Mormon church says it will back LGBT rights – but only if the US government allows it to assert its religious beliefs

'We must all learn to live with others who do not share the same beliefs or values', Mormon elders said

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The Mormon church has expressed support for new laws that protect gay rights – but there’s a catch.

At a rare press conference in Salt Lake City yesterday, Mormon leaders backed calls to protect lesbian, bisexual and transgender people from discrimination, but only on the condition the US government and rights groups back off and allow them to assert their religious beliefs towards gay people.

“We must all learn to live with others who do not share the same beliefs or values,” three elders from a high-level Mormon governing body called the Quorum of the Twelve Apostles said.

However, they did not explain just how it would draw lines between gay rights and religious freedoms, and it's unclear how much common ground the church will gain with this campaign.

The move has come in for some hefty criticism, with Sarah Warbelow, legal director for the Human Rights Campaign, calling it “deeply flawed”.

James Esskes, who directs the LGBT project of the American Civil Liberties Union, said: “The First Amendment's protection of religious freedom “does not give any of us the right to harm others, and that's what it sounds like the proposal from the Mormon church would do - it would allow a doctor to refuse to care for a lesbian because of his religious beliefs, for example.”

The church insists it is making no changes in doctrine, and still believes that sex is against the law of God unless it's within a marriage between a man and a woman.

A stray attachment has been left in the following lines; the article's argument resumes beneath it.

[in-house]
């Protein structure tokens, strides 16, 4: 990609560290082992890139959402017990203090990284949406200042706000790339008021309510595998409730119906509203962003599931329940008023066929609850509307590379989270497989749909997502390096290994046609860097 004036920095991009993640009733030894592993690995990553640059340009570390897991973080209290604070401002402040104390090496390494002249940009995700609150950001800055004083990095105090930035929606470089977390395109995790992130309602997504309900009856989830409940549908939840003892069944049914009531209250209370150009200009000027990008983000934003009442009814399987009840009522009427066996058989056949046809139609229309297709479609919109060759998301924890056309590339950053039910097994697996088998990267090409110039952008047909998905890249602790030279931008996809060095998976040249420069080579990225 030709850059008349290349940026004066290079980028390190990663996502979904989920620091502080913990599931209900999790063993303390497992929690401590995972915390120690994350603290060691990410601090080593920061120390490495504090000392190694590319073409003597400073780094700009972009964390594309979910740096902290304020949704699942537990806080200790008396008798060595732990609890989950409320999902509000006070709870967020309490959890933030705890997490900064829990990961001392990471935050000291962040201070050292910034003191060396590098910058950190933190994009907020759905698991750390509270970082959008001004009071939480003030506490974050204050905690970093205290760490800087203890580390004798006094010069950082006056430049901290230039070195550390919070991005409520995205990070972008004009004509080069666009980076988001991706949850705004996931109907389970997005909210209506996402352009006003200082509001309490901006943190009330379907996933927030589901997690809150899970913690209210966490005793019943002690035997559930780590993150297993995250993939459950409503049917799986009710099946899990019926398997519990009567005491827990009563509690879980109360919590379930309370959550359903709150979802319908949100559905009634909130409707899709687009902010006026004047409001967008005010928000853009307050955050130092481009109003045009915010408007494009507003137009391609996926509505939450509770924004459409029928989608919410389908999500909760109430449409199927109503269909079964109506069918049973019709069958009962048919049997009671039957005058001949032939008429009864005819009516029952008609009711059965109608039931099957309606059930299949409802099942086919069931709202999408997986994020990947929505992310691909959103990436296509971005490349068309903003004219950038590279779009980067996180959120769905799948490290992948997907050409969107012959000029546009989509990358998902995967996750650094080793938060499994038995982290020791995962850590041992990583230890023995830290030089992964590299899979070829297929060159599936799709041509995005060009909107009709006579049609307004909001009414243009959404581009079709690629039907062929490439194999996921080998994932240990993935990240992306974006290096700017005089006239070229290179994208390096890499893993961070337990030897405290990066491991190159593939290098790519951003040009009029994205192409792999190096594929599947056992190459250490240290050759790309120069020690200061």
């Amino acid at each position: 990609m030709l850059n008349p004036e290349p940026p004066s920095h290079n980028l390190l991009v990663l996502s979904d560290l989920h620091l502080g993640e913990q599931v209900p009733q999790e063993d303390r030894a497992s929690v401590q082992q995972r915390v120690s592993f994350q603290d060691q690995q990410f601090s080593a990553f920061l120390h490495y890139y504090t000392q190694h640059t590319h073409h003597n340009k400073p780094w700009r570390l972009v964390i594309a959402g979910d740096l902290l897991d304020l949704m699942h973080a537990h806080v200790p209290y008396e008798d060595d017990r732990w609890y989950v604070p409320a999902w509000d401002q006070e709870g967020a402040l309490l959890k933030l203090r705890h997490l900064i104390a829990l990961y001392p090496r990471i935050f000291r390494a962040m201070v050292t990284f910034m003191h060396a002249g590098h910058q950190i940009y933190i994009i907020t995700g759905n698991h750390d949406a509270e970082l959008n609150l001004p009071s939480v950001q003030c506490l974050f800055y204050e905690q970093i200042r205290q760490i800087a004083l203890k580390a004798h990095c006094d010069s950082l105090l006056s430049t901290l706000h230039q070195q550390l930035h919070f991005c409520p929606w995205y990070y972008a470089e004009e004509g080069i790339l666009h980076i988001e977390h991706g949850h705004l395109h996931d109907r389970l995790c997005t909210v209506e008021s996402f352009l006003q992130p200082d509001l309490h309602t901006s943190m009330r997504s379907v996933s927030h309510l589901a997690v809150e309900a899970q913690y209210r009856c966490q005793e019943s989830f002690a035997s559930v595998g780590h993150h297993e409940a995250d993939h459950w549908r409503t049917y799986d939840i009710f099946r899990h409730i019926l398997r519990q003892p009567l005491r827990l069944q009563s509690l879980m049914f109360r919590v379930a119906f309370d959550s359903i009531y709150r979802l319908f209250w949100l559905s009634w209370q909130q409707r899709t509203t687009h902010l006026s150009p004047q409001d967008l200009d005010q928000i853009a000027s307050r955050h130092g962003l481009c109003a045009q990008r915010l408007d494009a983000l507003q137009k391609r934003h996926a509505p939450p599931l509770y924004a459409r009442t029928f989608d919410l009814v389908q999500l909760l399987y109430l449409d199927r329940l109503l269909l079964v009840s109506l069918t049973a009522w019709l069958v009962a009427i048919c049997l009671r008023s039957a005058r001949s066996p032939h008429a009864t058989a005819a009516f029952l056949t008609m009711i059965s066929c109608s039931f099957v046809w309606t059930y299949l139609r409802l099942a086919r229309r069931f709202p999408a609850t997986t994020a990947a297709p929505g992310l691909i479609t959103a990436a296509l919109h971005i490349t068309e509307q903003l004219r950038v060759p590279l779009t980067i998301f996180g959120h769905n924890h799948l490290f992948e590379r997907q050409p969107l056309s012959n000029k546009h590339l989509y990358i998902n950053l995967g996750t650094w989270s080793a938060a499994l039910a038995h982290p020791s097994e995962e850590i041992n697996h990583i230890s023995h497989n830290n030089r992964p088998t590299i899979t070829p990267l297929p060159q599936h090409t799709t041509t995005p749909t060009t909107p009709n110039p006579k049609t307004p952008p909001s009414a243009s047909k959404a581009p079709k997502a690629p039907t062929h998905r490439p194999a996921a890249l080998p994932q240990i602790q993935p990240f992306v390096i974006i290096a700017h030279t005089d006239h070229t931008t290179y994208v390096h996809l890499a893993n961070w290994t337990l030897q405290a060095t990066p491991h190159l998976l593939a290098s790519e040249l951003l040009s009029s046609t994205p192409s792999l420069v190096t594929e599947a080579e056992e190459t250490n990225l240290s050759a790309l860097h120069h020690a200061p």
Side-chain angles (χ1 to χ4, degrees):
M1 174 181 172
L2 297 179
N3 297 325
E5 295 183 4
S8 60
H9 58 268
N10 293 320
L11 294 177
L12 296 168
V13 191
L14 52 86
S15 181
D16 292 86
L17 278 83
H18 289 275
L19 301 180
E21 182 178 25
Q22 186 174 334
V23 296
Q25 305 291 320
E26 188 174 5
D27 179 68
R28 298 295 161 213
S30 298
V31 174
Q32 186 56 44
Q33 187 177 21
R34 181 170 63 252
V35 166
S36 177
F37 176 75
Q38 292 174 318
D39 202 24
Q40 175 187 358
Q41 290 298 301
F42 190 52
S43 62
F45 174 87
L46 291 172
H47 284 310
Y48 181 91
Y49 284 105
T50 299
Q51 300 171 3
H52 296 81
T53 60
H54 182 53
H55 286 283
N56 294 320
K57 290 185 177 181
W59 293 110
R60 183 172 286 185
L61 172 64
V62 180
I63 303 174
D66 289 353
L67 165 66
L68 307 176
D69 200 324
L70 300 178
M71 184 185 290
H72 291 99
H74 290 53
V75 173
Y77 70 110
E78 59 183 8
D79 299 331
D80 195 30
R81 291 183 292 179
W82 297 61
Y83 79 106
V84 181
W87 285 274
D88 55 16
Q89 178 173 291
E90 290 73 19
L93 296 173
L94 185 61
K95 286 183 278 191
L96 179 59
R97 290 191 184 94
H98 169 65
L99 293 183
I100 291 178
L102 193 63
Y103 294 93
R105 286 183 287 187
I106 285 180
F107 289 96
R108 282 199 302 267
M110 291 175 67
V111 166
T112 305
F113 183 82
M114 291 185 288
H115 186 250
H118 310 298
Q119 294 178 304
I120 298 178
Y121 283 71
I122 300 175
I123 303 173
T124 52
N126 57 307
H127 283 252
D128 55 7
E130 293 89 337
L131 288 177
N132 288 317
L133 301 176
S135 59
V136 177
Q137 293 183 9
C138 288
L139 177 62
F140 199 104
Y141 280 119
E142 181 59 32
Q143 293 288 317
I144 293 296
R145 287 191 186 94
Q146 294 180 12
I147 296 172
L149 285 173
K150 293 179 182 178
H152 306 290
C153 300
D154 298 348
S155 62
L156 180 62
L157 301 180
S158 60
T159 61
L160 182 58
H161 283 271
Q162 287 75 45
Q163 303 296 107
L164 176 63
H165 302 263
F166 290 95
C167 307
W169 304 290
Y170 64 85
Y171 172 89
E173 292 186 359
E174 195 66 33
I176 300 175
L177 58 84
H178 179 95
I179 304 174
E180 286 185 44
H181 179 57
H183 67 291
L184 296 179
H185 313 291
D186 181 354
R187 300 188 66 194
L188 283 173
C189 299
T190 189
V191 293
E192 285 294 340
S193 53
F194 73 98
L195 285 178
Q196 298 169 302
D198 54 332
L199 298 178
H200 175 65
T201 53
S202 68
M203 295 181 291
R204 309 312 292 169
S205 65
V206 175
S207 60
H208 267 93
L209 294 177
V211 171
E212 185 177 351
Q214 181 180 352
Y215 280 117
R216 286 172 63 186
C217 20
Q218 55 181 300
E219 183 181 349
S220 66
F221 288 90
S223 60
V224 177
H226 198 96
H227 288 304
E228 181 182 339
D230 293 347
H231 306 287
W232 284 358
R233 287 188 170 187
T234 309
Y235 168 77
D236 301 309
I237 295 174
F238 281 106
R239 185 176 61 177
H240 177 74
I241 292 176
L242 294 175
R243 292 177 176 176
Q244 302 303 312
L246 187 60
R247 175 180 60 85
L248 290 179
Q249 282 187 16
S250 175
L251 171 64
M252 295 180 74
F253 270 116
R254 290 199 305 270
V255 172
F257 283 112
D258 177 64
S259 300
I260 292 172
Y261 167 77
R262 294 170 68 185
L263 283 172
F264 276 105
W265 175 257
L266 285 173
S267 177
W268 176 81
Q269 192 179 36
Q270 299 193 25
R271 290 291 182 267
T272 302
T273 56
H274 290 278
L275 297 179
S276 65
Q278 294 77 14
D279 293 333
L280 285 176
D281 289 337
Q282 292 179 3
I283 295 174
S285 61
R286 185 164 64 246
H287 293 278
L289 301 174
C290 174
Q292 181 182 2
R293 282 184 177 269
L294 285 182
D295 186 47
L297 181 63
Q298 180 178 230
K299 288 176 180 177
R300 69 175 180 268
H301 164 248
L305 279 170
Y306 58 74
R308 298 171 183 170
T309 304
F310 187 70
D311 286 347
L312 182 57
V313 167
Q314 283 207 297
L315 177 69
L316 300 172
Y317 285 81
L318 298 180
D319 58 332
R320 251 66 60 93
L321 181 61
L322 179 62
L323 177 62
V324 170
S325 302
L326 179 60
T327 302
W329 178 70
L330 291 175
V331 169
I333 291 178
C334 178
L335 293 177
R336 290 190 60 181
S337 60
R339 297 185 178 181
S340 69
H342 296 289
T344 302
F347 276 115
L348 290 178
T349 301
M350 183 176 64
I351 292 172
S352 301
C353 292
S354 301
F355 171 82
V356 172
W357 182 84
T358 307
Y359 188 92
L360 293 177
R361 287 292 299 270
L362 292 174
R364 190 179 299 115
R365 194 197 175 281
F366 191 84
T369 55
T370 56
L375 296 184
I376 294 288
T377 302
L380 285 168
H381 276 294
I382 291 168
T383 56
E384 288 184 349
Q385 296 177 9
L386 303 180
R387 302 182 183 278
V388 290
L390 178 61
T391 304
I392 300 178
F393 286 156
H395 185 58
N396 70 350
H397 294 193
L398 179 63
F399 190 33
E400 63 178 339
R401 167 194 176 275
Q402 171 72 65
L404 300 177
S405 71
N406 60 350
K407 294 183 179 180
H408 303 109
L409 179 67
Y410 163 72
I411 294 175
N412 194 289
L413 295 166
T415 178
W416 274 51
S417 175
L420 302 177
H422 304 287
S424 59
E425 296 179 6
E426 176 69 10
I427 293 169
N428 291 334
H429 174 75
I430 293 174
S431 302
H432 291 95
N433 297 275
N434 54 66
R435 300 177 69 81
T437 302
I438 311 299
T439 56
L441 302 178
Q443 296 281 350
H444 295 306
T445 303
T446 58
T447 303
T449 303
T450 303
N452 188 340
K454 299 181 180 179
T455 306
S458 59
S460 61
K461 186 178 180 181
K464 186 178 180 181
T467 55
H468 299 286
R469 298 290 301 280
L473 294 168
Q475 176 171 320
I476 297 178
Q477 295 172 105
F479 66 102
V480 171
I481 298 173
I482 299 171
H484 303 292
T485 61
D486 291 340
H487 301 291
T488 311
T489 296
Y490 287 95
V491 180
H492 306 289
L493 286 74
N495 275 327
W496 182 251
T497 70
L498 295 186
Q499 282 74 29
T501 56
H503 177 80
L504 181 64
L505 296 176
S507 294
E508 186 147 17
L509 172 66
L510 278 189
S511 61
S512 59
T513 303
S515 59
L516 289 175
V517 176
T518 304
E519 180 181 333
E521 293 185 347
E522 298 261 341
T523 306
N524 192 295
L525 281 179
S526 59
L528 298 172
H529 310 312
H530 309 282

Regardless of any apparent inconsistencies, the new approach could profoundly change political calculations in the Mormon strongholds of Utah, Idaho, Nevada and Arizona, where the church and its members play a large civic role.

“What the LDS church did today was historic,” said state Sen. Jim Dabakis, who was raised Mormon and is openly gay. “This was a bold, strong, principled statement ... today we are seeing the fruits of civility and respect.”

The gay-rights group Equality Utah also applauded, saying LGBT rights can co-exist with freedoms of religious individuals.

The campaign is the latest example of a shift in tone on gay rights by The Church of Jesus Christ of Latter-day Saints, which counts 15 million members worldwide. They have moved away from harsh rhetoric in recent years, and are preaching compassion and acceptance of gays and lesbians now that gay marriage is legal in Washington D.C. and 36 states including Utah.